The embodiment of FIG. 3 has certain advantages over that of FIG. 2, because the rotational rate of the head and its speed of axial movement can be adjusted quite simply without making any changes in other basic equipment to which this device is attached. Furthermore, scan speed and relative head-tape speed and recording head rotational rates can all be easily scaled down, if desired, so that a proportional signal is obtained which will produce a proper picture at regular speeds, although recorded at lesser speeds.
Regardless of whether the tape or the head or both do the actual moving, the tape obtained comprises a continuous magnetic tape recording of discontinuous images which are sequentially arranged in time, and this tape is obtained directly, eliminating the interim photographic step. This is a considerable advantage. The cartoon industry has encountered many problems in providing prints at a sufiiciently early time to be of real usefulness. Very often there has been a delay of several days between the photographing of sequential images and the development of the print, and then after all the art work has been put away and customers are waiting for the print, it has been found that he print itself is not suitable. With this device, it is possible to learn at once, or at least within a very few minues, whether or not the quality of the print is commercially suitable. If it is not, the art work is still in hand, the machinery is still tooled up, and the work may be repeated. Furthermore, the print may be rushed out to customers within a few minutes after the actual recording on the magnetic film and copies may be directly secured which are of equal quality with the original.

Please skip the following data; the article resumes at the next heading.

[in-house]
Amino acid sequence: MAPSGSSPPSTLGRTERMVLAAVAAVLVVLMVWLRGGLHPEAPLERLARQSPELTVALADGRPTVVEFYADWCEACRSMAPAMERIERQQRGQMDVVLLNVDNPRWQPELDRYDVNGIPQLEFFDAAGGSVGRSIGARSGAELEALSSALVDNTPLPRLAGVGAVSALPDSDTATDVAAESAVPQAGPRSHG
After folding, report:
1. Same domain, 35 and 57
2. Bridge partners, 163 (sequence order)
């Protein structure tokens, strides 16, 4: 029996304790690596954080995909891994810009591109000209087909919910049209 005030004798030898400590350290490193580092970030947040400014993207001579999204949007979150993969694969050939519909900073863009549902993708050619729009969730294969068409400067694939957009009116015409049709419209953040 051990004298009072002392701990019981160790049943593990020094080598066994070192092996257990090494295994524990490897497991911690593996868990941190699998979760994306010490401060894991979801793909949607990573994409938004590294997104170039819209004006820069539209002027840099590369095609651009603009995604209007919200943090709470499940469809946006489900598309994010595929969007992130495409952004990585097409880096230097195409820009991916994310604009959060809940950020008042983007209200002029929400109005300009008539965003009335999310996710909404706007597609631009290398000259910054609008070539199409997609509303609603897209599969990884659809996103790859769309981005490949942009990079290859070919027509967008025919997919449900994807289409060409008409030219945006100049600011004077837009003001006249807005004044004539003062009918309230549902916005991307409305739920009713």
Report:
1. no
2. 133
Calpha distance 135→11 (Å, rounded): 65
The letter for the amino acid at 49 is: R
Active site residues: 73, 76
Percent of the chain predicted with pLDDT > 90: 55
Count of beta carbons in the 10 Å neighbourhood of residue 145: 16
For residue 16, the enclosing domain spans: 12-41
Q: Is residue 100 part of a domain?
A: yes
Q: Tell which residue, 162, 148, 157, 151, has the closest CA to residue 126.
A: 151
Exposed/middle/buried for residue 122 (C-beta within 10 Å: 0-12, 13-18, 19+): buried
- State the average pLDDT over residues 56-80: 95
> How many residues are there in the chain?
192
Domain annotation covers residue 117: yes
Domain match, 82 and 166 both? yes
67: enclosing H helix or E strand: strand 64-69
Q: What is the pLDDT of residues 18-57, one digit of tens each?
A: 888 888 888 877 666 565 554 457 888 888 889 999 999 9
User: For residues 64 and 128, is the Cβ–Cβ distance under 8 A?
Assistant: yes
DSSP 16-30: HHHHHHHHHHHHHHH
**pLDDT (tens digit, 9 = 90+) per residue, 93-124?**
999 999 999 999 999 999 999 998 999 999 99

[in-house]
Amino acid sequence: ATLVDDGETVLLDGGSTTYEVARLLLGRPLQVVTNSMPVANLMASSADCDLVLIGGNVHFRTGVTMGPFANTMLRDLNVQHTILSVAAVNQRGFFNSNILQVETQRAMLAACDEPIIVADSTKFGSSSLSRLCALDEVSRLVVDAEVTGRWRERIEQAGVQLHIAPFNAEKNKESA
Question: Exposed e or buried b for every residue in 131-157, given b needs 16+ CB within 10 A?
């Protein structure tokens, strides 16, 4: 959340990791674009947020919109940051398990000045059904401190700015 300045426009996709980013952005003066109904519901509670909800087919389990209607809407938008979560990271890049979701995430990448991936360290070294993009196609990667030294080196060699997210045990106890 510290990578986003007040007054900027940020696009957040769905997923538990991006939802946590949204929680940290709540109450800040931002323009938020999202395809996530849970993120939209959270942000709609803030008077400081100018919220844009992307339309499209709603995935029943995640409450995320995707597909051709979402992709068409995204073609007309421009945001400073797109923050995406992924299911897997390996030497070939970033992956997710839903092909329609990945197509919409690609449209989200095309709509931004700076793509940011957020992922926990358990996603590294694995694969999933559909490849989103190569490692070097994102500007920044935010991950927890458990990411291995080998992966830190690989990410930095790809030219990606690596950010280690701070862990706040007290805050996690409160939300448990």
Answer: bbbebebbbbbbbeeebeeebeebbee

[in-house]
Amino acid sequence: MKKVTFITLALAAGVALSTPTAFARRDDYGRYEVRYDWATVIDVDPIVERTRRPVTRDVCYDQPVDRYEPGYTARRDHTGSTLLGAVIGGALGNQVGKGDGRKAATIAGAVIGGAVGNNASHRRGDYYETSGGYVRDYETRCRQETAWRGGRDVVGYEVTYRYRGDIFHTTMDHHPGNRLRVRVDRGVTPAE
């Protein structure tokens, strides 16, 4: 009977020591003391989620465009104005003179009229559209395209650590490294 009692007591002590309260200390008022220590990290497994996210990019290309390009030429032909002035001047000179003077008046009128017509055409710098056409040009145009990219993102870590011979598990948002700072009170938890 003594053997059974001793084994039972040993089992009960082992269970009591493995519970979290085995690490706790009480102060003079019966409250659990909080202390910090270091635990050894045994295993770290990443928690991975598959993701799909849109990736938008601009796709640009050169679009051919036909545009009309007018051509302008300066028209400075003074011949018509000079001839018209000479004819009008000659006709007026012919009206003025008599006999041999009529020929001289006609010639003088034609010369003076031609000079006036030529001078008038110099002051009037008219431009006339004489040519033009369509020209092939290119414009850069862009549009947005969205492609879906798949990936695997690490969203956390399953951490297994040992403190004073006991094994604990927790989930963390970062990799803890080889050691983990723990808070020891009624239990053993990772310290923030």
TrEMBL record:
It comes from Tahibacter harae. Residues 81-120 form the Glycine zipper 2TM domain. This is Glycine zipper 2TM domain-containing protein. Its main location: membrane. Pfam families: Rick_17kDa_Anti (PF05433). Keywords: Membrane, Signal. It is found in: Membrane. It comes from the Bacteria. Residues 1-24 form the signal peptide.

This device is also useful in micro-filming where the images are not only discontinuous but non-sequential. No means have previously been provided whereby these individual images might be transcribed only upon short segments of magnetic tape to be available as transcribed images from the tape. Of course in this case, no illusion of animation is either desired or obtained.
This invention is not to be limited by the embodiments shown in the drawings and described in the description,